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Requiem for dying traditions

The Lake Chapala area is rife with cultural activities, many revolving around religious celebrations that give foreign settlers insights into essential human values that make the community tick.


It’s heart-breaking to see that some beautiful, age-old customs are falling by the wayside in modern times.

A case in point are the tributes to La Dolorosa — Our Lady of Sorrows — once commonly displayed hereabouts on the last Friday in Lent, standing out as a solemn prelude to Holy Week observances to come. They will be few and far between when Viernes de Dolores rolls around on April 12.

Not so long ago many local families customarily mounted doorstep shrines centered on a statue or image of the tearful Virgin Mary dressed in mourning garb. The practice has been a custom among Mexico’s devout Roman Catholics since the Colonial era as a manifestation of devotion to the mother of Jesus Christ, recognizing the afflictions she suffered in an artistically designed altar filled with symbolic objects.

The pained countenance of the Virgen de Dolores and the cross are the usual focal points of the altars. Lace or fine cloth drapes or strips of papel picado (tissue paper cutouts) are hung as a background for the display. The common color scheme is deep purple, the hue of mourning, and white, signifying purity.

Natural elements that may be featured include fresh flowers, especially red blossoms symbolizing the blood of Christ, and pine boughs or other types of greenery to represent the Mount of Olives. Newly sprouted plants grown from corn, barley, wheat, alfalfa or chia seeds that were blessed and planted on Candlemas (February 2) are often placed as symbols of rebirth. Bitter oranges or grapefruit stand for the sacrifice of the Savior. These may be adorned with tiny cut-out banners made from gold and silver foil.   

Copal incense and aromatic herbs such as chamomile and rosemary suggest the treatment of corpses in Biblical times. A cage containing a mourning dove or other songbird may be employed as a source of soothing sounds to help heal a mother’s broken heart.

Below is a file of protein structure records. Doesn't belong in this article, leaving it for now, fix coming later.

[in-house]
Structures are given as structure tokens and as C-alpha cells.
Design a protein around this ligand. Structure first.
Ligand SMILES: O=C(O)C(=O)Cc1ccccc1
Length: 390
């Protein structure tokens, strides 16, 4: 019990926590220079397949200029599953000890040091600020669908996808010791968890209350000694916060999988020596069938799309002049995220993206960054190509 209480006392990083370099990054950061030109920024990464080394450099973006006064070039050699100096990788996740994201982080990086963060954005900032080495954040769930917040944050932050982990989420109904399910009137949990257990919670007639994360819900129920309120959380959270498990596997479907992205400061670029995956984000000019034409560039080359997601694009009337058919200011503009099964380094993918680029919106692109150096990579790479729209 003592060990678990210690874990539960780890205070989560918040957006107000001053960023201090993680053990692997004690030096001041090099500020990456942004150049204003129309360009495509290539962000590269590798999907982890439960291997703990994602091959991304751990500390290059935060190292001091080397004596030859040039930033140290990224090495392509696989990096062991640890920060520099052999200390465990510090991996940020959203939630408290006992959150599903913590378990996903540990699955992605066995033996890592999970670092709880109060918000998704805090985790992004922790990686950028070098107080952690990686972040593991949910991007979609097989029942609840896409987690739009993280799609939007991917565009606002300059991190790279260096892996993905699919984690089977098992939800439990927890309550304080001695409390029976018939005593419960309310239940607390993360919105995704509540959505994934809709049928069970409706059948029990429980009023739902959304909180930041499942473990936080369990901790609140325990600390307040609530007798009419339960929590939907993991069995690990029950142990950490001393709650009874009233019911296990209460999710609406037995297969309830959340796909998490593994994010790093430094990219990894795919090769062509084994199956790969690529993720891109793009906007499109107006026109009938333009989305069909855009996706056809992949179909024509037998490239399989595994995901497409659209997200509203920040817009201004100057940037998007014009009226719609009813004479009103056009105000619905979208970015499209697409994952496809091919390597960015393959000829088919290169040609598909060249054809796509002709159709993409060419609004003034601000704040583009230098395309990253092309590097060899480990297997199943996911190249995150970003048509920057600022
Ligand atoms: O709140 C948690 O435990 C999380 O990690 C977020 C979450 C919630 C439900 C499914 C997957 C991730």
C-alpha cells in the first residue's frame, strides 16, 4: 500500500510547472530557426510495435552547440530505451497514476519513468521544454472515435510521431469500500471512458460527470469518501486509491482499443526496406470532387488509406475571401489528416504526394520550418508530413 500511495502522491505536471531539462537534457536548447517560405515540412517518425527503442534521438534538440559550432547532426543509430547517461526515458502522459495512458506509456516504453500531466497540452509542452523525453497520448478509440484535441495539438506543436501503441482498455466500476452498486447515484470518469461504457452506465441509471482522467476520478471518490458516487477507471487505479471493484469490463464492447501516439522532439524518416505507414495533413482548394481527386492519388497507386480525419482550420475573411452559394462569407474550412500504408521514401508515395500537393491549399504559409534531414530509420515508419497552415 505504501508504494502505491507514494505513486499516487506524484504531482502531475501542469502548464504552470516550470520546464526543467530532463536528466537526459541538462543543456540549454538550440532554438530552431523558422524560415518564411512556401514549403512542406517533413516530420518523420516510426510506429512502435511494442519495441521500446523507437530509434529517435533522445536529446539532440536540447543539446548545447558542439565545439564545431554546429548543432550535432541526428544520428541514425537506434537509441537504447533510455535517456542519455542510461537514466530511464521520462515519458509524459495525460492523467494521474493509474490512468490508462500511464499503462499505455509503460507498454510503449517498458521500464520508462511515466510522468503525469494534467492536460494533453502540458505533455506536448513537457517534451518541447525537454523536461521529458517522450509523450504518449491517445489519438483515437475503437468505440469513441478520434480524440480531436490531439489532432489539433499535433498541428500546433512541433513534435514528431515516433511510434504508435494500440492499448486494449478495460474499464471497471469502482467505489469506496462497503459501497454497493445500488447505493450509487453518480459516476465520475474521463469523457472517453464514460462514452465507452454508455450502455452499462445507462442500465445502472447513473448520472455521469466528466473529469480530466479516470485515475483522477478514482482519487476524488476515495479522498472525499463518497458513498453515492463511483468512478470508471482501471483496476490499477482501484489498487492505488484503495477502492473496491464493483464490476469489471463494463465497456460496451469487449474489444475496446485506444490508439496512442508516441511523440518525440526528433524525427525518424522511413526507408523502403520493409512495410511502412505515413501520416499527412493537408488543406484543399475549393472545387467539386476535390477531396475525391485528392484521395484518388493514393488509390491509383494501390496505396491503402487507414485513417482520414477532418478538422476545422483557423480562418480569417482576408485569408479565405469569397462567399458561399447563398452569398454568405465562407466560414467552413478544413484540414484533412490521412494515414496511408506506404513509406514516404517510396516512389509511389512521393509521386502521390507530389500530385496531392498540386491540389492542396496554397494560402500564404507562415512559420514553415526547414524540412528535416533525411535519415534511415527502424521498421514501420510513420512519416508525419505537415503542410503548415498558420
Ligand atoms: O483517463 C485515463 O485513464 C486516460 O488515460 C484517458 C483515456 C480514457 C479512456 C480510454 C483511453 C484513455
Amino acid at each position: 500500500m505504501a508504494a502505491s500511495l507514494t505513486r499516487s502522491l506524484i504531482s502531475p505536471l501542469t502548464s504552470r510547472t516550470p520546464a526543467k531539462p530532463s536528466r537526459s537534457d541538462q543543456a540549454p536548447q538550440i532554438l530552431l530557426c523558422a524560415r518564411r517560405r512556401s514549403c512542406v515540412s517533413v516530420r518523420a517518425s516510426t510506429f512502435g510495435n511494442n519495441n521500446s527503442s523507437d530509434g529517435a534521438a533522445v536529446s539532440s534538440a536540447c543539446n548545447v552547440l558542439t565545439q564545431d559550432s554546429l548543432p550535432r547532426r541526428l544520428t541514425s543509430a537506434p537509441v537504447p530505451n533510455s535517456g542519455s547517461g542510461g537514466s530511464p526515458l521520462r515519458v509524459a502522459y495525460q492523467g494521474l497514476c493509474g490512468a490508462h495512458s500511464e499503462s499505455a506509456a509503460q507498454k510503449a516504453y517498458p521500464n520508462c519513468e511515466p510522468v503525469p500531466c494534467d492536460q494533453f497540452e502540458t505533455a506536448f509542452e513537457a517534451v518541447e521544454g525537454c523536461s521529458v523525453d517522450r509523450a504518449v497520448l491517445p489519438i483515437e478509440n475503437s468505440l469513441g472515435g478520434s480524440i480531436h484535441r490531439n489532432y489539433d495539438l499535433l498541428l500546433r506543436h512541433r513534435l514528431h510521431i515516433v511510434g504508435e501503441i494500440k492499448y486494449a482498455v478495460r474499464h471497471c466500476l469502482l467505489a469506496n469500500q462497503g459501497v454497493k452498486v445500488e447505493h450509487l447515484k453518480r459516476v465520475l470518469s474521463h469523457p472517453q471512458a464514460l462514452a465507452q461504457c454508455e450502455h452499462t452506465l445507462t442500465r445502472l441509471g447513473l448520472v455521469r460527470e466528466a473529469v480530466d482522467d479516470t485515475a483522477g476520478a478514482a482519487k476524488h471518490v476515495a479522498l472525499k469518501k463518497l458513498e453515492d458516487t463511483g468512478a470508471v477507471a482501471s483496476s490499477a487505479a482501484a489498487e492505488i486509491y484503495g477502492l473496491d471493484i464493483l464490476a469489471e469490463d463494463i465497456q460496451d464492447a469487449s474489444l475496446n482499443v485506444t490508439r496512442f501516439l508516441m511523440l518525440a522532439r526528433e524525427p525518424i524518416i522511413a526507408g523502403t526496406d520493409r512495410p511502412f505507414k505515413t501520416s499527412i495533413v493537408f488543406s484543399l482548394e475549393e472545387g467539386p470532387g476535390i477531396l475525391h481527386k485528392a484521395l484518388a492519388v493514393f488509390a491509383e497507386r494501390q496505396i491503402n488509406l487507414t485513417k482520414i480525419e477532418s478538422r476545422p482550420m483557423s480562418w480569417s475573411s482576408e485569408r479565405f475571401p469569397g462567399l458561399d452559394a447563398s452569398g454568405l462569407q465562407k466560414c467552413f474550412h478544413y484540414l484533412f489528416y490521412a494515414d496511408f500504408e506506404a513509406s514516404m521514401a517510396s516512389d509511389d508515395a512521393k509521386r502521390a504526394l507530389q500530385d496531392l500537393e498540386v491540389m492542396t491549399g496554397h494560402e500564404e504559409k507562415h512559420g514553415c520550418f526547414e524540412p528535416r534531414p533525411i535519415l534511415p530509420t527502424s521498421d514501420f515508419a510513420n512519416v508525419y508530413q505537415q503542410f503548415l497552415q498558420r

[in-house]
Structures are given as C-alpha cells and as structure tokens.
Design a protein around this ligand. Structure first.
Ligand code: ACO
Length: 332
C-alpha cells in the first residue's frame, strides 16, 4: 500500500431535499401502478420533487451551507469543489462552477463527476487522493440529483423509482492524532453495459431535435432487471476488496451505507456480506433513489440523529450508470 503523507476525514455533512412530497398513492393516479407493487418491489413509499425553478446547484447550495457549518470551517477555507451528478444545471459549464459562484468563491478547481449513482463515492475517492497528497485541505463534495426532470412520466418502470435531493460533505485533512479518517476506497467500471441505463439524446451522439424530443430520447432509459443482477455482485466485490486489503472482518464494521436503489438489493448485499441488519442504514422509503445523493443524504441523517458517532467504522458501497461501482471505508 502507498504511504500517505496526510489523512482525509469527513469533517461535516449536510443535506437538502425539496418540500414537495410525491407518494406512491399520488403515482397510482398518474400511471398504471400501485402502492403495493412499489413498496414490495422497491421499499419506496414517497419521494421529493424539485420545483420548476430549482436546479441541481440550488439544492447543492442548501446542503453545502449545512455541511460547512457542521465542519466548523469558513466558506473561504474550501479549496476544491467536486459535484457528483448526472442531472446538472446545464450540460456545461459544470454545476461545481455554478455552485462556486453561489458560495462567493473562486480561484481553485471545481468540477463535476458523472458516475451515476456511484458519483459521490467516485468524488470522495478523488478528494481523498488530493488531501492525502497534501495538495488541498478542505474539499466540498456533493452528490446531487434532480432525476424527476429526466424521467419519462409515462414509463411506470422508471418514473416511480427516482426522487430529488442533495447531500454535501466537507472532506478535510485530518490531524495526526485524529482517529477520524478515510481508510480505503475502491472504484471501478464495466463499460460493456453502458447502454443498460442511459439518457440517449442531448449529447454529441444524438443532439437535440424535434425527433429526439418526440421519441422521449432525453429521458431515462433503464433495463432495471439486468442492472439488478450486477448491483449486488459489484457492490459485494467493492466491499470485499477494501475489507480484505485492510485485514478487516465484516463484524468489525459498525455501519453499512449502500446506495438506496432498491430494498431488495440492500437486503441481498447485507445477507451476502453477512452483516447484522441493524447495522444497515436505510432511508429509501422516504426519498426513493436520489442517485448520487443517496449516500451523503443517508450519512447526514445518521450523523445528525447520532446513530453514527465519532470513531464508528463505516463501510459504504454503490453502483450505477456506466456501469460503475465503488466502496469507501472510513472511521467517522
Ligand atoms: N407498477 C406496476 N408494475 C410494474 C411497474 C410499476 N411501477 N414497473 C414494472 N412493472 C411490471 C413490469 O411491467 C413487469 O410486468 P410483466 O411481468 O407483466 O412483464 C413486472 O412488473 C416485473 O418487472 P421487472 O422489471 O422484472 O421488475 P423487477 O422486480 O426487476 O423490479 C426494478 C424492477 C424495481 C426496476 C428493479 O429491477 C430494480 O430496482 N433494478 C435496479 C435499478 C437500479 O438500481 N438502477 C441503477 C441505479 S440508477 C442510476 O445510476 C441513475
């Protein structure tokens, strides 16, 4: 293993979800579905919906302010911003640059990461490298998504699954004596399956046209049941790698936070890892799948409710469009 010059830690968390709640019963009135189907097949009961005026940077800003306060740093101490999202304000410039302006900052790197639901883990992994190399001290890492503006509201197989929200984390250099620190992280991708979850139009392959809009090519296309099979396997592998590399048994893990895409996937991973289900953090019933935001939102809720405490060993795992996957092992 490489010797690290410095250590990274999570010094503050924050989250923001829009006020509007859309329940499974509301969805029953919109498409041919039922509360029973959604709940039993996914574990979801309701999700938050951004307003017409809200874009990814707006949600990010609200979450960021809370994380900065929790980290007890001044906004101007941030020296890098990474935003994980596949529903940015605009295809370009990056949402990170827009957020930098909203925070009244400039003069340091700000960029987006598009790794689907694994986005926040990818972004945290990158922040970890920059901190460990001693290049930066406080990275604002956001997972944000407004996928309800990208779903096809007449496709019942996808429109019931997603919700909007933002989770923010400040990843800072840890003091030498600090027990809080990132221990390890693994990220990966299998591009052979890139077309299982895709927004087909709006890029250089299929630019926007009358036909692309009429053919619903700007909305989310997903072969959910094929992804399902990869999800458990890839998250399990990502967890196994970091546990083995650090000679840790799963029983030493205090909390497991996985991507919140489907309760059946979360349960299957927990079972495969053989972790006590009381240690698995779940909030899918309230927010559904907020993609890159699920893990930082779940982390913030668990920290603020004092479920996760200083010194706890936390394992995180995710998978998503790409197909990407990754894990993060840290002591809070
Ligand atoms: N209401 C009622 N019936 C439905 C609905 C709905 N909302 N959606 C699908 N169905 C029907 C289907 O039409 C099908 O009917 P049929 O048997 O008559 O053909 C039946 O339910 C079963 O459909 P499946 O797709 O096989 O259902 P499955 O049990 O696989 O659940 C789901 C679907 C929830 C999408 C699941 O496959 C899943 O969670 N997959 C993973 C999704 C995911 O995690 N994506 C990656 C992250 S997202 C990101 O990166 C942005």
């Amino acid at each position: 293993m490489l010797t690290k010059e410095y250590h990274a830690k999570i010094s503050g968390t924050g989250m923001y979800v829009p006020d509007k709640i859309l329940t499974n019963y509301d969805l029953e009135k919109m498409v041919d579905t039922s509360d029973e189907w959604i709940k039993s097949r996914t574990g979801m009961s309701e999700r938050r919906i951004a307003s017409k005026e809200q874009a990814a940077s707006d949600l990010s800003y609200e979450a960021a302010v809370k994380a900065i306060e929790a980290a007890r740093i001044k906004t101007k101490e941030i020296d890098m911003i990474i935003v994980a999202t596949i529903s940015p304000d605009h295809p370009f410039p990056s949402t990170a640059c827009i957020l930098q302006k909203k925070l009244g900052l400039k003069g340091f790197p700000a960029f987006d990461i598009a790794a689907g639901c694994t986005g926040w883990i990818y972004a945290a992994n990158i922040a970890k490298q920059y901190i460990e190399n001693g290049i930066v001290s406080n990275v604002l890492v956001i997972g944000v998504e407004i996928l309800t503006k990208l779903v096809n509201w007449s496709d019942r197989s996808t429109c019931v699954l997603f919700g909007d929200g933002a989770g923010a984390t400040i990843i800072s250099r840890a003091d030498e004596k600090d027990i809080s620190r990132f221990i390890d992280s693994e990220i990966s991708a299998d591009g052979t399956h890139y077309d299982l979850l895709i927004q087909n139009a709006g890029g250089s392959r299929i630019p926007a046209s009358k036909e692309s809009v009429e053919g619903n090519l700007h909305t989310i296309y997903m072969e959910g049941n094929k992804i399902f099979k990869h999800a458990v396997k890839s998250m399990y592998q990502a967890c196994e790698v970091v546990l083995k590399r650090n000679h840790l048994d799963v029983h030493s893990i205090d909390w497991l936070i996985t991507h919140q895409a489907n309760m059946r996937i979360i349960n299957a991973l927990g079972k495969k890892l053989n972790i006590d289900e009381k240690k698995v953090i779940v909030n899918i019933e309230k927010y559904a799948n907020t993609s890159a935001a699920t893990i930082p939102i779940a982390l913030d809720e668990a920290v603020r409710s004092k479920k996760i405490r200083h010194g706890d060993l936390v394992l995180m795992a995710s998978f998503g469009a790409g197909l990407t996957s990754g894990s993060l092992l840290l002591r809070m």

Objects associated with the Passion of Christ are sometimes placed in the display: a crown of thorns, a lash, a ladder, a vinegar-soaked sponge and nails. A rooster represents the crowing that accompanied the denials of the Apostle Peter. A mirror may be added to reflect the human soul.

Some people refer to the altars as incendios, a term derived from the long-held practice of illuminating the shrines with many devotional candles, representing the light of hope for human redemption.

An integral part of the Viernes de Dolores tradition is making the rounds to different homes where the altars are put on display. Visitors announce their arrival by asking the householders, “¿Ya lloró la Virgen?” (Has the Virgin cried yet?). This is the prompt for the hosts to ladle out a glass of agua fresca, a refreshing beverage symbolizing the Virgin’s spilled tears. Lime with chia seeds, jamaica flowers or other bittersweet fruits are the most typical flavoring ingredients.

Some residents of San Antonio Tlayacapan remain faithful to Friday of Sorrows traditions. An after dark stroll through the town that day lends the best opportunity to experience this fading custom.